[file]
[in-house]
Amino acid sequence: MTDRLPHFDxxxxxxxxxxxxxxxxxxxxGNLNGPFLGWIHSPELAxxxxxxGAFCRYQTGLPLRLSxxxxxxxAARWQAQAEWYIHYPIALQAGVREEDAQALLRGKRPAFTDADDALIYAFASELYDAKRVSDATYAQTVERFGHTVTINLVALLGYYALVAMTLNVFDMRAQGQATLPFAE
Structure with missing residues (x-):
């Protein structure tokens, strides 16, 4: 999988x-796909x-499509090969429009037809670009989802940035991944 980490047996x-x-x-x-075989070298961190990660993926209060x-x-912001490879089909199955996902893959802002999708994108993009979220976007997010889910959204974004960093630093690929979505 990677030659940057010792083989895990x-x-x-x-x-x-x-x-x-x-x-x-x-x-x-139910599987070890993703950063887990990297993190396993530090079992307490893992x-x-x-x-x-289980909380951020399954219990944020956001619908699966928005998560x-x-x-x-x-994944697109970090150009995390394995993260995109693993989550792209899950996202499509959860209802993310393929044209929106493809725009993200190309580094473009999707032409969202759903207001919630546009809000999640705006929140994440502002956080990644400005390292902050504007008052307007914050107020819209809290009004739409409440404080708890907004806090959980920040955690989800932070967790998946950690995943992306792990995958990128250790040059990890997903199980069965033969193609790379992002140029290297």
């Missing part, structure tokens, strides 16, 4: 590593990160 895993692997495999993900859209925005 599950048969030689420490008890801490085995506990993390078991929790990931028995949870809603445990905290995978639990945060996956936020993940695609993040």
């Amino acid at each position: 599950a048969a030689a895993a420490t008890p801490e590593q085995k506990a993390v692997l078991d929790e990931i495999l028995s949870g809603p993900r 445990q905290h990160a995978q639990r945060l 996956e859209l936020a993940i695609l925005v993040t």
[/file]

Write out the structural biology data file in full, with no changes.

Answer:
[in-house]
Amino acid sequence: MTDRLPHFDxxxxxxxxxxxxxxxxxxxxGNLNGPFLGWIHSPELAxxxxxxGAFCRYQTGLPLRLSxxxxxxxAARWQAQAEWYIHYPIALQAGVREEDAQALLRGKRPAFTDADDALIYAFASELYDAKRVSDATYAQTVERFGHTVTINLVALLGYYALVAMTLNVFDMRAQGQATLPFAE
Structure with missing residues (x-):
């Protein structure tokens, strides 16, 4: 999988x-796909x-499509090969429009037809670009989802940035991944 980490047996x-x-x-x-075989070298961190990660993926209060x-x-912001490879089909199955996902893959802002999708994108993009979220976007997010889910959204974004960093630093690929979505 990677030659940057010792083989895990x-x-x-x-x-x-x-x-x-x-x-x-x-x-x-139910599987070890993703950063887990990297993190396993530090079992307490893992x-x-x-x-x-289980909380951020399954219990944020956001619908699966928005998560x-x-x-x-x-994944697109970090150009995390394995993260995109693993989550792209899950996202499509959860209802993310393929044209929106493809725009993200190309580094473009999707032409969202759903207001919630546009809000999640705006929140994440502002956080990644400005390292902050504007008052307007914050107020819209809290009004739409409440404080708890907004806090959980920040955690989800932070967790998946950690995943992306792990995958990128250790040059990890997903199980069965033969193609790379992002140029290297």
């Missing part, structure tokens, strides 16, 4: 590593990160 895993692997495999993900859209925005 599950048969030689420490008890801490085995506990993390078991929790990931028995949870809603445990905290995978639990945060996956936020993940695609993040």
């Amino acid at each position: 599950a048969a030689a895993a420490t008890p801490e590593q085995k506990a993390v692997l078991d929790e990931i495999l028995s949870g809603p993900r 445990q905290h990160a995978q639990r945060l 996956e859209l936020a993940i695609l925005v993040t």